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Farewell: Trials & Triumphs

After being part of the Hebrew Union College-Jewish Institute of Religion for 40 years—first as a student at the New York campus, then a faculty member in Los Angeles, and for the past 12+ years as HUC-JIR president—I will step down as president on December 31, 2013. Yet, my soul is forever bound to this institution and the sacred mission that animates it—the training and education of religious, communal, educational, and intellectual leaders for the Reform Movement and the Jewish people.

As president, I have tried “with all my heart, with all my soul, and with all my might” to fulfill my responsibility to our community with compassion and respect, with intelligence and love. Sometimes that has meant making difficult decisions. For example, early in my presidency, in 2001, the second intifada was raging and terror reigned on the streets of Israel. Many people expressed serious concern about the HUC-JIR requirement that all North American students spend their first year of study in Jerusalem. They felt that this prerequisite unjustifiably endangered the lives of our students, and urged us to suspend or cancel our policy.

I decided to stand by our Year-In-Israel program, for it is the pillar upon which the educational formation of our leaders rests. Whatever the dangers, I was—and remain—convinced that our students’ journeys to Jewish leadership are not solely individual religious quests. Rather, each journey emanates from the teaching, “Kol yisrael ’a-reivin zeh ba-zeh— all Jews are mutually responsible for one another” (Shevuot 39a). Being a rabbi, cantor, educator, or Jewish communal worker requires that a Jew internalize an ethos of peoplehood—of solidarity with the Jewish people—and this internalization cannot happen if students do not experience the miracle of Jewish national rebirth in the land of Israel.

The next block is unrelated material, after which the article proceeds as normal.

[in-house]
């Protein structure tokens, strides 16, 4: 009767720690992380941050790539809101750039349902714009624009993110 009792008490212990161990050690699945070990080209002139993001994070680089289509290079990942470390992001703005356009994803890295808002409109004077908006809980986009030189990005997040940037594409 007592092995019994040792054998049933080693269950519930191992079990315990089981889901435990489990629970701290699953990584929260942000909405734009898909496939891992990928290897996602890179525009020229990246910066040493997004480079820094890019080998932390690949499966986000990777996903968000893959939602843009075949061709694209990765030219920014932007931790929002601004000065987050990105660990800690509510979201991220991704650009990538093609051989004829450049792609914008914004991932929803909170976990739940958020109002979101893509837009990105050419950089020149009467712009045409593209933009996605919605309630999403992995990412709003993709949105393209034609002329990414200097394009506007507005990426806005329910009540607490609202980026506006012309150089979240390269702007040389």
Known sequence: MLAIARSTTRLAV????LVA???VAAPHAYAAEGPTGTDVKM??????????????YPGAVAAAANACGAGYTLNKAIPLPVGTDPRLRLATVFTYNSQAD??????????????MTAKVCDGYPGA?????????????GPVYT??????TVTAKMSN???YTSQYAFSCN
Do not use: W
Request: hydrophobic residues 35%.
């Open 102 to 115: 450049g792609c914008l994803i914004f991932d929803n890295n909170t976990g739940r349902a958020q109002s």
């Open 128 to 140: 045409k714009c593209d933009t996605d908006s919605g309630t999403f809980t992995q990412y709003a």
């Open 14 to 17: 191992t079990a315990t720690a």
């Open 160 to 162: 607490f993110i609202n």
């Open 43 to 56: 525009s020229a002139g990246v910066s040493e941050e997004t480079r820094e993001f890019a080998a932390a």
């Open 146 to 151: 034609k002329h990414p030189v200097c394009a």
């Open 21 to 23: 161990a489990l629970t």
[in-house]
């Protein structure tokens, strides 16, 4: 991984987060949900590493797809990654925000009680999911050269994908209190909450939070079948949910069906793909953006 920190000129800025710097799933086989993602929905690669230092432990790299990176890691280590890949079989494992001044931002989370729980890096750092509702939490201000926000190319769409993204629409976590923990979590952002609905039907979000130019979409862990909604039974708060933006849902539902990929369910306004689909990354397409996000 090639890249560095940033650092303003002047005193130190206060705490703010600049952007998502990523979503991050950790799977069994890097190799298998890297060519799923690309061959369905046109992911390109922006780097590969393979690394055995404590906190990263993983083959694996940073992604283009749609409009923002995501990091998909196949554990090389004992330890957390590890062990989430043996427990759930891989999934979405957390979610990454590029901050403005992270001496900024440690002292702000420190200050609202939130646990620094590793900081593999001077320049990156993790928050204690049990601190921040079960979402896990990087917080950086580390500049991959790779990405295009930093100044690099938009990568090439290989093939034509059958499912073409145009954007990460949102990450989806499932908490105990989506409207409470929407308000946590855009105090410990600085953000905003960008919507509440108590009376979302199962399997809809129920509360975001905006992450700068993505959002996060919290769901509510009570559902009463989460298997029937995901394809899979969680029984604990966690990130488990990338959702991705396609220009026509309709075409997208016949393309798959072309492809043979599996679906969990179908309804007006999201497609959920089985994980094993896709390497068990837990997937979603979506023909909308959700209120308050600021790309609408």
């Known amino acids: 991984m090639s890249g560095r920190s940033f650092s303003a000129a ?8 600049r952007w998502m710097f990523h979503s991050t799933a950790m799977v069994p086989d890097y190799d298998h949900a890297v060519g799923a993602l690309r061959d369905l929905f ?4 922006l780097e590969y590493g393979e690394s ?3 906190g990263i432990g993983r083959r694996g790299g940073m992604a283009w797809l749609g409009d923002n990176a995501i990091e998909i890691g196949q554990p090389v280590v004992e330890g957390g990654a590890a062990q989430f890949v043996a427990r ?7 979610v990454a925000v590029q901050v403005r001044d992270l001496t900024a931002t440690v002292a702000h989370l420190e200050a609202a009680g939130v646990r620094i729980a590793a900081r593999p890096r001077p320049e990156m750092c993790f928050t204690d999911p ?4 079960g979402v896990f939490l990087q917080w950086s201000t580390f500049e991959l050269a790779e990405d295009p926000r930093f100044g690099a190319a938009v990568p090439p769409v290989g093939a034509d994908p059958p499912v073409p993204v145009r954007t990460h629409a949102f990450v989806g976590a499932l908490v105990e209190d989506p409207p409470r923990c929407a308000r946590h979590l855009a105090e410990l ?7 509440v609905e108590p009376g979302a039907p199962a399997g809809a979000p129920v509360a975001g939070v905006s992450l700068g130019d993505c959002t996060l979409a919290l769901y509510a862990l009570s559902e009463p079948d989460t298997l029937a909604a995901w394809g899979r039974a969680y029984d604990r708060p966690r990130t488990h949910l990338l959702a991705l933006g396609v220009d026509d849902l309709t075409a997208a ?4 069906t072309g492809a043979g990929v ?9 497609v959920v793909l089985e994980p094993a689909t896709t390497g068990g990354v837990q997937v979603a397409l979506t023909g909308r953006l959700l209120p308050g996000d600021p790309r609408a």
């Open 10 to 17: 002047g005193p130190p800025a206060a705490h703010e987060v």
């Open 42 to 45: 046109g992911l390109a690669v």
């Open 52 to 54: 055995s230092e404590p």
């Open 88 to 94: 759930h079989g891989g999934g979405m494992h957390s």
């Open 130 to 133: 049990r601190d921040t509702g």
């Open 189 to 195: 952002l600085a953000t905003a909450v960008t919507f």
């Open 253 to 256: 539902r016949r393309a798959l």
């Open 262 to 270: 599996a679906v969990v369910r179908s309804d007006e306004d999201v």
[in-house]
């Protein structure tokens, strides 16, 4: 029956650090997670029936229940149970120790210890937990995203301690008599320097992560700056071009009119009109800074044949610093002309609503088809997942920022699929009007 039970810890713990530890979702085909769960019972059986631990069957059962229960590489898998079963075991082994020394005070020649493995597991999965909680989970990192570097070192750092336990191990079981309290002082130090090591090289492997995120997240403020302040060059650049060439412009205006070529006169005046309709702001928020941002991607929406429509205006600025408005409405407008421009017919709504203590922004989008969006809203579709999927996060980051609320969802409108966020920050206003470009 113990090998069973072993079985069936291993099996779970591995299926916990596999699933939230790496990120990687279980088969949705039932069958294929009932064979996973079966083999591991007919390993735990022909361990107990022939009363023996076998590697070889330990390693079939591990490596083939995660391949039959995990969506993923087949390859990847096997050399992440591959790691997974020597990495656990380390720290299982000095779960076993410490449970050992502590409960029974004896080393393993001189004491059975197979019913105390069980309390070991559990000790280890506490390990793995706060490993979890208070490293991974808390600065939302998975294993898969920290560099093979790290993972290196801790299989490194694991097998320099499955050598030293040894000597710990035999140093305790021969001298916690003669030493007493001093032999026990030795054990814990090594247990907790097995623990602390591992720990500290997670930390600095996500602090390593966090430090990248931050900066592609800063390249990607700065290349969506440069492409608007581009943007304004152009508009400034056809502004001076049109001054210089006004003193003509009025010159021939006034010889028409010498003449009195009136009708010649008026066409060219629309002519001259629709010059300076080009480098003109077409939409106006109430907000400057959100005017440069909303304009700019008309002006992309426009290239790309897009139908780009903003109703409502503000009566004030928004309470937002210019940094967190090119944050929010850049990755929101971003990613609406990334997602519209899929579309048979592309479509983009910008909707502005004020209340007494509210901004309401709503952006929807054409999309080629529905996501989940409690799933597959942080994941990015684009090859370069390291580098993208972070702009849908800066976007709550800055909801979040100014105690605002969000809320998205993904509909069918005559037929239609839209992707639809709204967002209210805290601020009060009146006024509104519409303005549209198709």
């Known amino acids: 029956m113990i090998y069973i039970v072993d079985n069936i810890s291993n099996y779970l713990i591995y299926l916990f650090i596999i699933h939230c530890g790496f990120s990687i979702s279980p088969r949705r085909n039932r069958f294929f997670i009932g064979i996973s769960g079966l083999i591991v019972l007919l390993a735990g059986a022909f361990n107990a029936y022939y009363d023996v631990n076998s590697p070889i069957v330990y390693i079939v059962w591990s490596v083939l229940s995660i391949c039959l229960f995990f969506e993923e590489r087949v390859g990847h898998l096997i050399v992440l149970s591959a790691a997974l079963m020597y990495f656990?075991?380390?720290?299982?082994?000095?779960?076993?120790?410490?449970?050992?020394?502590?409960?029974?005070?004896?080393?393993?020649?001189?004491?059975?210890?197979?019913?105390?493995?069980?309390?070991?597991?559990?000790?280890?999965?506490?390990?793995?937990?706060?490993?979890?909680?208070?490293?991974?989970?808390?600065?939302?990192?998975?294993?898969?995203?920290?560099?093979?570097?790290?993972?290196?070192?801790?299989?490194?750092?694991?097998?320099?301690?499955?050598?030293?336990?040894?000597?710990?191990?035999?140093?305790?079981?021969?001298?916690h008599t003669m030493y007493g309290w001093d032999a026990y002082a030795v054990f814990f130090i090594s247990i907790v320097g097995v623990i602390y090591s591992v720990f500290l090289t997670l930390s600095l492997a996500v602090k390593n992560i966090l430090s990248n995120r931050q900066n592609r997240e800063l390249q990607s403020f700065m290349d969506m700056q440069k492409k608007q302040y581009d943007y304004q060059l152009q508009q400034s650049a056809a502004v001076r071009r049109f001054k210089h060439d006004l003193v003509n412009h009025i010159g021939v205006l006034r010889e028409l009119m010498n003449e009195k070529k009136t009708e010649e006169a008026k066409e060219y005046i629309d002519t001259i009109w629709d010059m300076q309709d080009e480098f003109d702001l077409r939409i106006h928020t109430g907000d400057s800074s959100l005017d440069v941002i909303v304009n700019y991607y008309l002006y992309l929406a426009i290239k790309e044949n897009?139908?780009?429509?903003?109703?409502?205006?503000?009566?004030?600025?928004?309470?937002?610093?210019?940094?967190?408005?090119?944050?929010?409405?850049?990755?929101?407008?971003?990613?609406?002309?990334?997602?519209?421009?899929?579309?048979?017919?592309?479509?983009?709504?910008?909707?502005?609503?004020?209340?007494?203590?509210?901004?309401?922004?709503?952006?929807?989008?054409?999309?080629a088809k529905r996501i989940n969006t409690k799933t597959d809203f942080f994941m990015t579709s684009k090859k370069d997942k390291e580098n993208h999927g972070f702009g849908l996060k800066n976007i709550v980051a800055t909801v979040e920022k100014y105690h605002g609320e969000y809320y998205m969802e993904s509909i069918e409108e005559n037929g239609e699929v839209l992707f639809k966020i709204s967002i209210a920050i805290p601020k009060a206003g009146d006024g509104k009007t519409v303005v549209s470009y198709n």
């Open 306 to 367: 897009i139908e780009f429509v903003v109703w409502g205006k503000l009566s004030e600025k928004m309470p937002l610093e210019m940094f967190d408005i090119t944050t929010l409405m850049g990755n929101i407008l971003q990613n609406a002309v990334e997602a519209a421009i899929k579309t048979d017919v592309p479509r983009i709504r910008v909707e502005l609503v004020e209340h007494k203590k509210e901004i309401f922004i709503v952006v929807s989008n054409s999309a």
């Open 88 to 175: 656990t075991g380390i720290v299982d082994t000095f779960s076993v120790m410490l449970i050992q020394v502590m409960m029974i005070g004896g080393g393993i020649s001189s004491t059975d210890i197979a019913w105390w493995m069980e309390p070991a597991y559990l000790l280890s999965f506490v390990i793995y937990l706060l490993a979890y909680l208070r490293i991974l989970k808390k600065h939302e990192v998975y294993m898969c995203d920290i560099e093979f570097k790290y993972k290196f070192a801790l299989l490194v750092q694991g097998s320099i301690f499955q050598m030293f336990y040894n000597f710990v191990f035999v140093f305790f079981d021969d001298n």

Still, I spent many a restless night worrying about our students’ safety, and in my first two years in office I traveled to Israel more than a dozen times to be with them. Thankfully, none of our students were harmed.

In 2008–2009 we faced a second trial: a $10 million deficit, representing about one quarter of our overall budget. I personally received 10,000+ letters, e-mails, and messages urging me to close one of our three stateside campuses—and virtually every message ended with the proviso that the one to be eliminated could not be New York, Cincinnati, or Los Angeles. Indeed, hundreds of rabbis and temple presidents stated explicitly that if a particular campus were closed, or even if a program were curtailed on that campus, they would withdraw their URJ membership and organize other congregations in their region to follow suit. The attachment to our campuses as regional centers of Reform Judaism was so absolute and fierce that closure was not a viable option.

As a result, in 2009 our Board of Governors adopted “The New Way Forward,” a plan designed to allow HUC-JIR to attain financial sustainability while maintaining quality academic programs on every campus. The plan has been a success. Through cost-cutting, sales of excess property, and significant fundraising, we now have a balanced operating budget and a nearly quadrupled endowment, from approximately $50 million in 2001 to almost $200 million today.

Challenges certainly remain. That is the nature of life. However, our sacred mission endures. I am grateful that Rabbi Aaron Panken has been selected to succeed me. HUC-JIR will prosper under his able direction, and I am confident that the Reform Movement will advance through the vision that he and URJ President Rabbi Rick Jacobs will realize in the years ahead.

Rabbi David Ellenson is president of the Hebrew Union College–Jewish Institute of Religion.